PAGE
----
‘Act Two: Dialogue’ will examine the intimate creative collaboration among filmmakers, actors, and costume designers. Using archival film footage as well as specially-commissioned interviews, this part of the exhibition will explore four key director/designer pairings: Alfred Hitchcock and Edith Head who worked together on 11 films including The Birds (1963); Tim Burton and Colleen Atwood whose nine films together have spanned Edward Scissorhands (1990) to Alice in Wonderland (2010); Martin Scorsese and Sandy Powell who have teamed on films from Gangs of New York (2002) to the recent Hugo (2011); and Mike Nichols and Ann Roth who have worked together for almost 30 years from Silkwood (1983) to Closer (2004).
Costume designers have worked within a rapidly changing social and technological landscape over the last century: from silent to sound, black and white to Technicolor and from the Golden Age studio system to multi-national corporations and art house ‘indies’. Censorship, remakes and genre will be deconstructed in a section devoted to historic and social context. Cleopatra (1934) designed by Travis Banton will stand alongside the 1963 interpretation by Irene Sharaff starring Elizabeth Taylor. Thoroughly researched by the designers, the look of each Cleopatra is ultimately defined by the fashions of its own era. Archetypal cinematic genres will be explored with sword and sandal epics such as Ben Hur (Elizabeth Haffenden, 1959), Westerns including True Grit (Mary Zophres, 2010), fantasy films like Star Wars Episode IV: A New Hope (John Mollo, 1977) and period drama like A Room with a View (John Bright, Jenny Beavan, 1985). ‘Dialogue’ will show how costume designers have embraced the innovations in technology and animation, such as Joanna Johnston’s design for Jessica Rabbit in Who Framed Roger Rabbit (1988), or computer generated imaging (CGI) and motion-capture (mo-cap), exemplified by characters from Avatar (Deborah L. Scott, Mayes Rubio 2009).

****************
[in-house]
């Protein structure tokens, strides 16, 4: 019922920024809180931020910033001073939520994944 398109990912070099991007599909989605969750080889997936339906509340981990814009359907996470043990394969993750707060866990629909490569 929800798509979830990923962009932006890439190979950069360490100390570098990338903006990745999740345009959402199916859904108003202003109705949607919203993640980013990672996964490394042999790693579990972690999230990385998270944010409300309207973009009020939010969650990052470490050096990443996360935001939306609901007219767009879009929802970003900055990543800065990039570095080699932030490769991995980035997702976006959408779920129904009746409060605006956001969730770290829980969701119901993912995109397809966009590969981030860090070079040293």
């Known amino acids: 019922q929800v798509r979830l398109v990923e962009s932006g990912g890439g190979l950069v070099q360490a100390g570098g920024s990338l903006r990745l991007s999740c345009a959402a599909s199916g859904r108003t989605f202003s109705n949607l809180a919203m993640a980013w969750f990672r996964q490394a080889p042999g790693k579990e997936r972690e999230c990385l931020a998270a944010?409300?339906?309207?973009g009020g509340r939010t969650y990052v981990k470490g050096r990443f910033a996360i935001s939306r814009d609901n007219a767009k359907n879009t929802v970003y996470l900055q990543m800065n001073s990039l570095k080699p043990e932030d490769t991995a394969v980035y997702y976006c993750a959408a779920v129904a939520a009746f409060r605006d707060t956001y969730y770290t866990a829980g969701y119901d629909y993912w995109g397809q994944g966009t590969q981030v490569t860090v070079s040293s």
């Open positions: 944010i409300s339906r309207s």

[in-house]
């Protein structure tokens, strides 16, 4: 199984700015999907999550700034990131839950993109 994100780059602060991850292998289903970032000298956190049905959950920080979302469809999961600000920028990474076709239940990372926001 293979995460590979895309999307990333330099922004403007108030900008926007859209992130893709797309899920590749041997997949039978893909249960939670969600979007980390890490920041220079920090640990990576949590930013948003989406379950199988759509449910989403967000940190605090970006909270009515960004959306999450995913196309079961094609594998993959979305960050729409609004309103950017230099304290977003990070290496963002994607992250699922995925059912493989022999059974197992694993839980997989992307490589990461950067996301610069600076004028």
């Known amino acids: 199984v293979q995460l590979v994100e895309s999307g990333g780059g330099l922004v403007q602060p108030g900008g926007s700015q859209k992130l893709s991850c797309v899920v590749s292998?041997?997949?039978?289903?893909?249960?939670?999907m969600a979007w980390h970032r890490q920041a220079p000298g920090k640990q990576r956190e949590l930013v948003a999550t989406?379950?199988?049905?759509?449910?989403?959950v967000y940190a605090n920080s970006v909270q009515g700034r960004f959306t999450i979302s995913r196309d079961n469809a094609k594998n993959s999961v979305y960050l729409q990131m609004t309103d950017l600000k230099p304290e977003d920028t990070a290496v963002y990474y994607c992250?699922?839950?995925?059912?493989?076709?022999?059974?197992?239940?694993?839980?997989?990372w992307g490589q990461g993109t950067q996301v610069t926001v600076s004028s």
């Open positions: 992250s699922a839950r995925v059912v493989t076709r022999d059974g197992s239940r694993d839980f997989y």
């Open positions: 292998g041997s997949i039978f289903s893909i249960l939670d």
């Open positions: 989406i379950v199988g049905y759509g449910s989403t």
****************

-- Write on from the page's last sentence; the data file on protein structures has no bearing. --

The ‘Dialogue’ section will conclude with the ‘Art of Becoming;’ two case-studies on the award-winning Robert De Niro and Meryl Streep. In specially commissioned interviews, both actors, celebrated for their transformative skills, will discuss the importance of costume in developing and playing a range of their characters. Five costumes from each of their most famous roles will be on view.
The final section, ‘Act Three: Finale’ will present the best known costumes in cinema history in a spectacle of Hollywood heroes and femme fatales. Some of the most glamorous sirens from Roxie Hart in Chicago (Colleen Atwood, 2002) to Catherine Tramell in Basic Instinct (Ellen Mirojnick, 1992) will be seen alongside fantasy, science-fiction and superhero characters including Bram Stoker’s Dracula (Eiko Ishioka, 1992), Twilight: New Moon (Tish Monaghan, 2009) and the latest high-tech suit for Batman in The Dark Knight Rises (Lindy Hemming, 2012). With costume designer Judianna Makovsky’s Gryffindor uniform design for Harry Potter to Errol Flynn’s doublet in The Adventures of Don Juan (Marjorie Best, 1948) and the sheer white chiffon cocktail dress worn by Marilyn Monroe as Sugar Kane Kowalczyk in Some Like it Hot (Orry-Kelly, 1959) to designer Jacqueline Durran’s green silk charmeuse gown work by Keira Knightly as Cecilia Tallis in Atonement (2007), these examples will show the most memorable costumes, characters and stories that continue to inspire generations, fashion trends and enrich international popular culture.
‘Hollywood Costume’ will be on display between 20 October 2012 and 27 January 2013. For more information, visit www.vam.ac.uk/hollywoodcostume.